As far back as in October 2013, the Russian Ambassador to Nigeria, Nikolay Udovichenko said during a business forum in Abuja that Russia was interested in developing cooperation with Nigeria in the fields of investment, energy, trade and agriculture, among others.
“We see new opportunities for Russian companies. Suffice it to say that Nigeria has all chances to become Africa’s biggest economy in the nearest future. That is why we and the Embassy of Nigeria in Moscow almost simultaneously decided to amplify efficacious bilateral cooperation,” he said.
Udovincheko noted however that Russia considered Nigeria to be a strategic partner in Africa because of its numerous opportunities in human and natural resources, and added that “Nigeria is the largest economy in Africa and it needs objective and balanced information that promotes cooperation and harmony between different groups in the country and the international community.”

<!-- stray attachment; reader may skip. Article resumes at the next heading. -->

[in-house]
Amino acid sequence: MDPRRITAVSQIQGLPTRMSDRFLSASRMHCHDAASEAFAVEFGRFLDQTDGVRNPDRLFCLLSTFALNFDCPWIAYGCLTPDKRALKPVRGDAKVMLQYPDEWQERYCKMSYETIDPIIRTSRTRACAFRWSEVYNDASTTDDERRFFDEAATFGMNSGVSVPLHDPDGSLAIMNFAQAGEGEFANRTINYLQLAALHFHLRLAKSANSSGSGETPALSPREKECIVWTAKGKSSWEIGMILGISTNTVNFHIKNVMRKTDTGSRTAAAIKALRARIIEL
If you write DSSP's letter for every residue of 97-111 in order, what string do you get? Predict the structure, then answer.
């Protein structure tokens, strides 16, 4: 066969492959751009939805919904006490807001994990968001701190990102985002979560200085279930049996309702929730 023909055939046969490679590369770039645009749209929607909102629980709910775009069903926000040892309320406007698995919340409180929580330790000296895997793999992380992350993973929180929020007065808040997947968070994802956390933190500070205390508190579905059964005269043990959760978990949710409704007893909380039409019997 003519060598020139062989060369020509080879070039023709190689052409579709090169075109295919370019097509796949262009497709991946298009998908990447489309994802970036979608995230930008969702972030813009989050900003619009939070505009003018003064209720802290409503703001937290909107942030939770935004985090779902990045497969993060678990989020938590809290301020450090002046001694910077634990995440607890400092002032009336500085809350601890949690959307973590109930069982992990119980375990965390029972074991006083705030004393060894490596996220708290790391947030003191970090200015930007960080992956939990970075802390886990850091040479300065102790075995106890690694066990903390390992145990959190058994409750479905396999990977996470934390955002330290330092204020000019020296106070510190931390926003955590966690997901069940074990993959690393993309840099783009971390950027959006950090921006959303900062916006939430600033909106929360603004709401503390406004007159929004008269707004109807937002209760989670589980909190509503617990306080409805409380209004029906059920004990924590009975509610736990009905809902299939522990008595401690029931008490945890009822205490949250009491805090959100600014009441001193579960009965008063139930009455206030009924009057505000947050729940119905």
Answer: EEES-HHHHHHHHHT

With all these laudable ideas on raising economic cooperation, significant corporate projects are yet to be undertaken. But now, new hopes in Moscow and Abuja are that the countries’ annual commercial ties will rise to billions of dollars in the few coming years. Russia plans to help Nigeria explore for oil and gas. Nigeria has expressed interest in Russia, helping it build nuclear power plants, petroleum pipelines, railways and other infrastructure.
Both Russia and Nigeria have a wealth of minerals — and some could be the basis of additional commerce between the two. Nigeria’s natural resources include gold, bauxite, zinc, tantalum, niobium, iron ore and coal.